Baruah, S., Zaman, M.K., Rajbongshi, P., Das, S., 2014. A Review on Recent Researches on Bhut jolokia and Pharmacological Activity of Capsaicin. International Journal of Pharmaceutical Sciences Review and Research 24, 89–94.

    Borah, M., Berbati, M., Reppa, C., Holeva, M., Nath, P.D., Voloudakis, A., 2018. RNA-based vaccination of Bhut Jolokia pepper (Capsicum chinense Jacq.) against cucumber mosaic virus. Virus Disease 29, 207–211.

    Bosland, P.W., Baral, J.B., 2007. Bhut Jolokia – The world’s hottest known chilli  is a putative naturally occurring inter specific hybrid. Horticultural Science 42, 222–224.

    Dubey, V.K., Aminuddin, C., Singh, V.P., 2008. First report of a subgroup IA Cucumber mosaic virus isolate from gladiolus in India. Australasian Plant Diseases Notes 3, 35–37.

    Hu, J.S., Li, H.P., Barry, K., Wang, M., Jordan, R., 1995. Comparison of dot blot ELISA and RT-PCR assays for detection of two cucumber mosaic virus isolates infecting banana in Hawaii. Plant Disease 79, 902–906.

    Nagendran, K., Priyanka, R., Arvinthraj, R., Balaji, C.G., Swamy, P., Bagewadi, B., Mohan, K.S., Karthikeyan, G., 2018. Characterization of Cucumber Mosaic Virus infecting Snake Gourd and Bottle gourd in India. Physiological and Molecular Plant Pathology 103, 102–106.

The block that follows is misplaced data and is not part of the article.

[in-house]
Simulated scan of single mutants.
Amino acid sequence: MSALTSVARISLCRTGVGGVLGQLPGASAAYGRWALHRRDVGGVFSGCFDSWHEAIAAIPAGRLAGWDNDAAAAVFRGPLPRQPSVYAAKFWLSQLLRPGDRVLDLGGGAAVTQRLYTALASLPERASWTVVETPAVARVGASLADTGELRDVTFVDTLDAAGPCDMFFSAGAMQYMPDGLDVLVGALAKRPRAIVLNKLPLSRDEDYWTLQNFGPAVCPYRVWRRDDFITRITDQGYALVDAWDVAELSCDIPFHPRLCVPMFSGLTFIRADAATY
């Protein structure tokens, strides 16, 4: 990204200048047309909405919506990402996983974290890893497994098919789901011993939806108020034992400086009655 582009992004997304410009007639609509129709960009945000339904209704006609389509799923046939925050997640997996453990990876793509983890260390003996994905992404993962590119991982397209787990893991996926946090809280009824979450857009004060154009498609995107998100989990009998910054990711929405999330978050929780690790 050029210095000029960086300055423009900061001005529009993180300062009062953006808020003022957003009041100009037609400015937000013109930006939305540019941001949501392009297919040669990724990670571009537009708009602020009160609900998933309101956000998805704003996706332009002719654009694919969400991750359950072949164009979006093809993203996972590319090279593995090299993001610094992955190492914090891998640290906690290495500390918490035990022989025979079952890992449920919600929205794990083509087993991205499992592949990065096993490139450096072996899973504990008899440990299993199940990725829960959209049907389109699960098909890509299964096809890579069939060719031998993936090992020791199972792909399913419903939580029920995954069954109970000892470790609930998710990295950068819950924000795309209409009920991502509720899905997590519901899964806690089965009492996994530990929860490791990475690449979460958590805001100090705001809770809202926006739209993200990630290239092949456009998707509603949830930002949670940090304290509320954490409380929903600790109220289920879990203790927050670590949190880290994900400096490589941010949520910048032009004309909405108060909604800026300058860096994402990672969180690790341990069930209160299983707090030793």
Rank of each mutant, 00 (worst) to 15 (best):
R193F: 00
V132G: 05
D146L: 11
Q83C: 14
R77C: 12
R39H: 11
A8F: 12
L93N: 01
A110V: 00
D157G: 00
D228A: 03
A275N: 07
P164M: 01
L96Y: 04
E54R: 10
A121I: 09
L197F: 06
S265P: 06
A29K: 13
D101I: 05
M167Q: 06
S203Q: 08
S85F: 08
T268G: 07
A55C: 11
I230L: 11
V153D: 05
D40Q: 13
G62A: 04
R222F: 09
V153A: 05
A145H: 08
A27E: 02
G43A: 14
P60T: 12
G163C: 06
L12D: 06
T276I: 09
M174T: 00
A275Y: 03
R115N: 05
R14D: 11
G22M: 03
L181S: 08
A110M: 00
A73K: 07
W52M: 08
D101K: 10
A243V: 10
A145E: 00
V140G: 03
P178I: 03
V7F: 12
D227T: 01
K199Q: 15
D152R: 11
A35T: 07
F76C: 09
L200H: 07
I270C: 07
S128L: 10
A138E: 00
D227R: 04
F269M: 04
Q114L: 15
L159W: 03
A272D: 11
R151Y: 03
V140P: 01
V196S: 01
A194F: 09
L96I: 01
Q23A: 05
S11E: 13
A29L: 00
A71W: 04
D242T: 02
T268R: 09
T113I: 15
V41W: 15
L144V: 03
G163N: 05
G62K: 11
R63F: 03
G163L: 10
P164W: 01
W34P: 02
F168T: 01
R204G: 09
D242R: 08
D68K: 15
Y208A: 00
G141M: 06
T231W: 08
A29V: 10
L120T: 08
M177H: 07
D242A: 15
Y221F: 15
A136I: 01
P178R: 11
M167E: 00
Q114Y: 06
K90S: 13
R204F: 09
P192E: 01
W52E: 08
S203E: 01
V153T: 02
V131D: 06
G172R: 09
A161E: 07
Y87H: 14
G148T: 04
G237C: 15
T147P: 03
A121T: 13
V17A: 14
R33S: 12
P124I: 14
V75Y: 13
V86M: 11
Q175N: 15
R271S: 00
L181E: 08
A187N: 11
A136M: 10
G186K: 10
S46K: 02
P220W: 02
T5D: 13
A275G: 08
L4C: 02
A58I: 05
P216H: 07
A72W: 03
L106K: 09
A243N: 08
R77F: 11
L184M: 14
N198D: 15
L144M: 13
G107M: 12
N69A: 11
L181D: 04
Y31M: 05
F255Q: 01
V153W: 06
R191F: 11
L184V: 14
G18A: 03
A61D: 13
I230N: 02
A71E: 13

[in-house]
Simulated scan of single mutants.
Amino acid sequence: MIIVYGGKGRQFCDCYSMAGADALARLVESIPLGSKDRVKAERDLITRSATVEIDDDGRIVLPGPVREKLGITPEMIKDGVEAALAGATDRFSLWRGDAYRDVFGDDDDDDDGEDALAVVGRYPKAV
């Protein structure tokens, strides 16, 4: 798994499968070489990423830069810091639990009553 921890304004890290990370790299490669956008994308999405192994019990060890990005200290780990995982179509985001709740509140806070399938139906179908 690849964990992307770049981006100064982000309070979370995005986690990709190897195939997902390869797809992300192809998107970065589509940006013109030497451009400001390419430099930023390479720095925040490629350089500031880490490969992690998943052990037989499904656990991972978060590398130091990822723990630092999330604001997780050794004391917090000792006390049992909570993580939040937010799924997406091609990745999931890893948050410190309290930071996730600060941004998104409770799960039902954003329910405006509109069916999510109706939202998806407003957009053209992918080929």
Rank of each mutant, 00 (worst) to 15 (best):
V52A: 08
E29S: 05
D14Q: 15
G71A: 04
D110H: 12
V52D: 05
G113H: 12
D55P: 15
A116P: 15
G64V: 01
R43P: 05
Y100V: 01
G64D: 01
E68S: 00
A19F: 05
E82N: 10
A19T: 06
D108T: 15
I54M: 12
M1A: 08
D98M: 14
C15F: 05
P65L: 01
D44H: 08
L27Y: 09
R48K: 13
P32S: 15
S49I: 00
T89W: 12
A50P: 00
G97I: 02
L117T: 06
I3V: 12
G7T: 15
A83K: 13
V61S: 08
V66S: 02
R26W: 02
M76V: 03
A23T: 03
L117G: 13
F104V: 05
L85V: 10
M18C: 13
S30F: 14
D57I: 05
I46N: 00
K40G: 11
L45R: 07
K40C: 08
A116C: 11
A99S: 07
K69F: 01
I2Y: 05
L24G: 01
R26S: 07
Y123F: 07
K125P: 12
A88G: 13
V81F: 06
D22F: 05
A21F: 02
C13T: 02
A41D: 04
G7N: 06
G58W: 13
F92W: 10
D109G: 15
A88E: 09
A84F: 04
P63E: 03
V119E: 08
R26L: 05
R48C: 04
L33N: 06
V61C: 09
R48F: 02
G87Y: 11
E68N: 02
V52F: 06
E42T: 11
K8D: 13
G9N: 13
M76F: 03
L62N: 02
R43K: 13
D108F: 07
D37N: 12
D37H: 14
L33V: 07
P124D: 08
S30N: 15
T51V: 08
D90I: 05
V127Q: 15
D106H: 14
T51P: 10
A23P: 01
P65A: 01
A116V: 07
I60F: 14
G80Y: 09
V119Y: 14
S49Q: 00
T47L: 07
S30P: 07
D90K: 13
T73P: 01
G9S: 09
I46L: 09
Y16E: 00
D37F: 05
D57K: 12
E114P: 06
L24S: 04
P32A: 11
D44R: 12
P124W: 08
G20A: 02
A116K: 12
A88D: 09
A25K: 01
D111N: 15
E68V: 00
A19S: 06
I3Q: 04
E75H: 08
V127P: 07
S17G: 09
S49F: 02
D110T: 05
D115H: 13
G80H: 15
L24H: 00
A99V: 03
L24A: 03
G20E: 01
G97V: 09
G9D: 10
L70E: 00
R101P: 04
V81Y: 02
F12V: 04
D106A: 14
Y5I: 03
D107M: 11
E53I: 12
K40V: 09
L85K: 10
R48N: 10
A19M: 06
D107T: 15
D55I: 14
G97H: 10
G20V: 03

Palukaitis, P., Garcia-Arenal, F., 2003. Cucumoviruses. Advances in Virus Research 62, 241–323.

    Pratap, D., Kumar, S., Raj, K., 2008. First molecular identification of a Cucumber mosaic virus isolate causing shoestring symptoms on tomato in India. Australasian Plant Disease Notes 3, 57–58.

    Vishnoi, R., Susheel, K., Shri, K.R., 2013. Molecular characterization of a cucumber mosaic virus isolate associated with mosaic disease of banana in India. Phytoparasitica 41, 545–555.

    Zitter, T.A., Murphy, J.F., 2009. Cucumber mosaic. The Plant Health Instructor. Available from https://www.apsnet.org/edcenter/disandpath/viral/pdlessons/Pages/Cucumbermosaic.aspx. DOI: 10.1094/PHI-I-2009-0518-01.

Cite

1.
Borah M, Kumar RG, Siddappa S. Molecular Detection and Phylogenetic Analysis of Cucumber Mosaic Virus Infecting Bhut Jolokia (Capsicum chinense Jacq.) of Assam IJEP [Internet]. 26Aug.2019[cited 8Feb.2022];6(1):126-129. Available from: http://www.pphouse.org/ijep-article-details.php?art=205